By reaching age 1 with his kidneys still functioning, Shafer Daves has already exceeded his doctors' expectations, his mother said.
One year ago, Shafer was lying swollen and intubated in the pediatric intensive care unit at T.C. Thompson Children's Hospital. Complications related to an extremely rare disease made doctors unsure whether he could survive infancy. They expected his kidneys to shut down by 3 weeks old, recalled his mother, Jada Daves.
"I felt like I couldn't breathe. I remember saying I felt like I could never have joy again. I was watching my son die," said Daves, who lives in East Brainerd with her husband, Kevin, and five children.
But Shafer has defied doctors' initial predictions. His kidney decline slowed after a few weeks, and early illnesses cleared up. Shafer has grown stronger over the past few months, despite multiple surgeries to treat complications of his disease, and he now has a chance to get a kidney transplant that will hopefully add 20 years to his life.
His family and more than 80 friends celebrated his first year of life this month at Coolidge Park.
"I think a lot of people envision a baby tied up to tubes. We've had that, we've been there, and we've wept bedside, but we're not there right now," she said. "Shafer is alive and well, and that is absolutely a gift. We're gonna walk through this thing with faith and we're just gonna hang on for the best."
Shafer has Denys-Drash Syndrome, a disease caused by a genetic mutation and marked by rapid decline of kidney function and progression to end-stage renal disease, usually within the first two to four years of life, his doctor said. The majority of those with the syndrome will also develop cancerous tumors on the kidneys, known as Wilms tumor.
Since the disease is very rare, incidence data is hard to come by, said nephrologist Kathy Jabs, who treats Shafer at Vanderbilt Medical Center.
The syndrome has been reported in more than 200 cases worldwide, but more cases certainly exist, she said.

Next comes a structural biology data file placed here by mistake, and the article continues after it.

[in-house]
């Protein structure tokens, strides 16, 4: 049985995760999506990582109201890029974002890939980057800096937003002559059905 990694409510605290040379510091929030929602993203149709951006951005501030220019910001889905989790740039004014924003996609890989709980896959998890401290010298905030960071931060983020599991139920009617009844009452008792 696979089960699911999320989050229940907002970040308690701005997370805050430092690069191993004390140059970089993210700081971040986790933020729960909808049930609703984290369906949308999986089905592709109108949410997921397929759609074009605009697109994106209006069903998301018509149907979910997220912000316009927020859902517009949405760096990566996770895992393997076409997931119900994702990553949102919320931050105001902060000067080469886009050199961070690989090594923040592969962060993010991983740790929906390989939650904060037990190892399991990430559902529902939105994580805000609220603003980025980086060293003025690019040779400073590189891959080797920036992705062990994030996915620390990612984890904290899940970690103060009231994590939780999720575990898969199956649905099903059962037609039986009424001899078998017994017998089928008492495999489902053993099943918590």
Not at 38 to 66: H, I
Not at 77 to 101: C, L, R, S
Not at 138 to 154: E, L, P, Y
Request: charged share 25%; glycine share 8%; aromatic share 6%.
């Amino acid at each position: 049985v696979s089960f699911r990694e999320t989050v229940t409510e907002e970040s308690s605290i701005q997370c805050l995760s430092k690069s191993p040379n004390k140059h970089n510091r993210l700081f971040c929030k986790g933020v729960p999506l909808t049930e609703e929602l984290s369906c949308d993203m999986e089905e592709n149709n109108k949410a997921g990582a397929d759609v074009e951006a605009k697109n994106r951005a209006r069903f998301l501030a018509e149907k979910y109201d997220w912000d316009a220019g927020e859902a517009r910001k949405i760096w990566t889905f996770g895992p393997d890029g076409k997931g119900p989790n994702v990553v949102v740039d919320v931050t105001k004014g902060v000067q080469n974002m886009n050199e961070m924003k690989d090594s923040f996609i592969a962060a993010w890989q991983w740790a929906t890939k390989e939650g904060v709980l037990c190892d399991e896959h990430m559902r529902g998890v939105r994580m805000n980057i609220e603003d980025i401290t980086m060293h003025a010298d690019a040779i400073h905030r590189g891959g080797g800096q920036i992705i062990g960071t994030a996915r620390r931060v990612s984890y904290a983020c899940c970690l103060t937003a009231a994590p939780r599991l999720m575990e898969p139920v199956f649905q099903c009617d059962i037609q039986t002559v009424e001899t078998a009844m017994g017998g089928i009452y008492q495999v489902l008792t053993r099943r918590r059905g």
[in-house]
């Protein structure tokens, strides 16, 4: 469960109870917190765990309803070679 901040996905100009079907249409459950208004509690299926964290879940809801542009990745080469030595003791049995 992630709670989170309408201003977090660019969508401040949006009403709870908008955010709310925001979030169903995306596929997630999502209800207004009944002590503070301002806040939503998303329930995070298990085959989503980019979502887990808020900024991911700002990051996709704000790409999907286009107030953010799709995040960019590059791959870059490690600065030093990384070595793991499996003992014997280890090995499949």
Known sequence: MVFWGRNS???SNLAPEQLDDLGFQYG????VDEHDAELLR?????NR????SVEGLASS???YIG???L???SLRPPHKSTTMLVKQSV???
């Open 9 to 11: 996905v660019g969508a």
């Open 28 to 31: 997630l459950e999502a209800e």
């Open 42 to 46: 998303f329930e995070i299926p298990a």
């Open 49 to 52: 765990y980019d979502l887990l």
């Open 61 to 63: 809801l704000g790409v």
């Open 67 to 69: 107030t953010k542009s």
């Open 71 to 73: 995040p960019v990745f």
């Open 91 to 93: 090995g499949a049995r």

Shafer still has 40 percent kidney function remaining, although that success is now putting the family in a stressful holding pattern, Daves said.
To be eligible for a transplant, Shafer's kidney function must first dwindle to 10 percent. If Wilms tumors develop before then, chemotherapy treatments would prohibit the transplant procedure for up to two years, his mom said.
"It's just a very hard place to be right now. It's very scary," she said. Shafer is getting scans regularly so that any tumors can be caught early, she said.
One of the hardest things for the family is when Jada Daves must leave her other four children to travel to Vanderbilt for surgeries or other treatments Shafer requires, said family friend Shari Stone.
"It just tears your heart up to see," she said. But, she added, "I just know God's hand is on Shafer. Kevin and Jada, I've seen them grow through this and use their testimony to touch a lot of people."
Shafer's care over the past year has cost about $235,000, the bulk of which has been covered by the Daves' United Healthcare policy, Daves said.
This month, family friends organized a fundraiser to help the Daves offset their still-enormous out-of-pocket expenses. The event raised $14,000, said Daves, a motivational speaker by trade. She recently began working again one day a week, after taking a year off to care for her son full-time.
The Daves have been overwhelmed by the generosity of friends, casual acquaintances - even strangers - who have pulled together to help offer support, provide meals and rides to school for the Daves' other children, who range in age from 3 to 9.
"It humbles you," Daves said. "There is no end to what people did for us."
A planner by nature, Daves said she's had to learn to accept uncertainty and to live in the moment.
"This is a daily journey. We pray for strength today," she said. "We've got a beautiful story, even if God chooses to take Shafer. We have to accept whatever is next. But we're gonna fight this thing to the very end."
The Daves have a First Volunteer Bank account - account number 104638304 - that accepts donations to assist with Shafer's medical expenses.